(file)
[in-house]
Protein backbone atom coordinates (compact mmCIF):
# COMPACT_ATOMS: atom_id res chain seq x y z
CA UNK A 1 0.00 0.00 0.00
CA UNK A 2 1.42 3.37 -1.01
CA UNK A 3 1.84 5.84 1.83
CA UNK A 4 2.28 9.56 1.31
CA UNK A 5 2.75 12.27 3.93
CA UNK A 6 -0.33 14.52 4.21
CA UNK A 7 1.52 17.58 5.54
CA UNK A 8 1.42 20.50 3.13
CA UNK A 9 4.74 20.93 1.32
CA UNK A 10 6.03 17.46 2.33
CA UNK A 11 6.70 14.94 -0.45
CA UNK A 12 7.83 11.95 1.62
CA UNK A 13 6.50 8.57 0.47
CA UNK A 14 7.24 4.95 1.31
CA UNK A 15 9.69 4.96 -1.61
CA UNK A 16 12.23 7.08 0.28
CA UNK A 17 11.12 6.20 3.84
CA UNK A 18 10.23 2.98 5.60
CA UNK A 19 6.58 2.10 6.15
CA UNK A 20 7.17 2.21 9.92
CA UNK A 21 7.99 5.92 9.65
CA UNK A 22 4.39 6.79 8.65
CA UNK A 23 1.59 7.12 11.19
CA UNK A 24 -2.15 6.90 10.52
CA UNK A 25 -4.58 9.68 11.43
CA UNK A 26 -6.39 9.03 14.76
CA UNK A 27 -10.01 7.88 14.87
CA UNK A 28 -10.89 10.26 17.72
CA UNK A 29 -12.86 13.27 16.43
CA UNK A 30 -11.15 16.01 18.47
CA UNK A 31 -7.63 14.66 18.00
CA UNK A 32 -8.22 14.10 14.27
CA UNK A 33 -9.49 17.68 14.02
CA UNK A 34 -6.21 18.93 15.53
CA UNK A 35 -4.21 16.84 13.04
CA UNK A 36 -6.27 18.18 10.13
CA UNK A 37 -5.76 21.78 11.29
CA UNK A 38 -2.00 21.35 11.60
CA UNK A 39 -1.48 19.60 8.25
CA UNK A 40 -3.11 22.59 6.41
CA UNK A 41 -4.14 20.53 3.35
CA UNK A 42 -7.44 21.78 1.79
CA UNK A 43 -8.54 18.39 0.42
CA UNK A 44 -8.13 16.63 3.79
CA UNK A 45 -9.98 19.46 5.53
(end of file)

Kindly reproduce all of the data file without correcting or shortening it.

[in-house]
Protein backbone atom coordinates (compact mmCIF):
# COMPACT_ATOMS: atom_id res chain seq x y z
CA UNK A 1 0.00 0.00 0.00
CA UNK A 2 1.42 3.37 -1.01
CA UNK A 3 1.84 5.84 1.83
CA UNK A 4 2.28 9.56 1.31
CA UNK A 5 2.75 12.27 3.93
CA UNK A 6 -0.33 14.52 4.21
CA UNK A 7 1.52 17.58 5.54
CA UNK A 8 1.42 20.50 3.13
CA UNK A 9 4.74 20.93 1.32
CA UNK A 10 6.03 17.46 2.33
CA UNK A 11 6.70 14.94 -0.45
CA UNK A 12 7.83 11.95 1.62
CA UNK A 13 6.50 8.57 0.47
CA UNK A 14 7.24 4.95 1.31
CA UNK A 15 9.69 4.96 -1.61
CA UNK A 16 12.23 7.08 0.28
CA UNK A 17 11.12 6.20 3.84
CA UNK A 18 10.23 2.98 5.60
CA UNK A 19 6.58 2.10 6.15
CA UNK A 20 7.17 2.21 9.92
CA UNK A 21 7.99 5.92 9.65
CA UNK A 22 4.39 6.79 8.65
CA UNK A 23 1.59 7.12 11.19
CA UNK A 24 -2.15 6.90 10.52
CA UNK A 25 -4.58 9.68 11.43
CA UNK A 26 -6.39 9.03 14.76
CA UNK A 27 -10.01 7.88 14.87
CA UNK A 28 -10.89 10.26 17.72
CA UNK A 29 -12.86 13.27 16.43
CA UNK A 30 -11.15 16.01 18.47
CA UNK A 31 -7.63 14.66 18.00
CA UNK A 32 -8.22 14.10 14.27
CA UNK A 33 -9.49 17.68 14.02
CA UNK A 34 -6.21 18.93 15.53
CA UNK A 35 -4.21 16.84 13.04
CA UNK A 36 -6.27 18.18 10.13
CA UNK A 37 -5.76 21.78 11.29
CA UNK A 38 -2.00 21.35 11.60
CA UNK A 39 -1.48 19.60 8.25
CA UNK A 40 -3.11 22.59 6.41
CA UNK A 41 -4.14 20.53 3.35
CA UNK A 42 -7.44 21.78 1.79
CA UNK A 43 -8.54 18.39 0.42
CA UNK A 44 -8.13 16.63 3.79
CA UNK A 45 -9.98 19.46 5.53